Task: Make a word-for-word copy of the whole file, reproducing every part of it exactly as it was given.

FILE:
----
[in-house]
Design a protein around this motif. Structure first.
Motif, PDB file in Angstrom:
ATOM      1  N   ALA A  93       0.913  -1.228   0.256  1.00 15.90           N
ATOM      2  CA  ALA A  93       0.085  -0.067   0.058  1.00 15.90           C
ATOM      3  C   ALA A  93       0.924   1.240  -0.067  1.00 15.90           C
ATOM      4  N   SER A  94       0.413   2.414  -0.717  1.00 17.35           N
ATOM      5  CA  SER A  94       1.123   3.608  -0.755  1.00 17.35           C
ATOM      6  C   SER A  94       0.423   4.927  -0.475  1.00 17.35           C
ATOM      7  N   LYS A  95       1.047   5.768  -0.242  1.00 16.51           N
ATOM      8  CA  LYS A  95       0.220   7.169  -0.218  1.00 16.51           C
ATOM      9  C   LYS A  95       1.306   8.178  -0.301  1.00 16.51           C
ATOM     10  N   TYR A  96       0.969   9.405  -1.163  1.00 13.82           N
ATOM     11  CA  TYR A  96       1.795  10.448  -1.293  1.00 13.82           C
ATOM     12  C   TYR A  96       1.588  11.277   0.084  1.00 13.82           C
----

[in-house]
Design a protein around this motif. Structure first.
Motif, PDB file in Angstrom:
ATOM      1  N   ALA A  93       0.913  -1.228   0.256  1.00 15.90           N
ATOM      2  CA  ALA A  93       0.085  -0.067   0.058  1.00 15.90           C
ATOM      3  C   ALA A  93       0.924   1.240  -0.067  1.00 15.90           C
ATOM      4  N   SER A  94       0.413   2.414  -0.717  1.00 17.35           N
ATOM      5  CA  SER A  94       1.123   3.608  -0.755  1.00 17.35           C
ATOM      6  C   SER A  94       0.423   4.927  -0.475  1.00 17.35           C
ATOM      7  N   LYS A  95       1.047   5.768  -0.242  1.00 16.51           N
ATOM      8  CA  LYS A  95       0.220   7.169  -0.218  1.00 16.51           C
ATOM      9  C   LYS A  95       1.306   8.178  -0.301  1.00 16.51           C
ATOM     10  N   TYR A  96       0.969   9.405  -1.163  1.00 13.82           N
ATOM     11  CA  TYR A  96       1.795  10.448  -1.293  1.00 13.82           C
ATOM     12  C   TYR A  96       1.588  11.277   0.084  1.00 13.82           C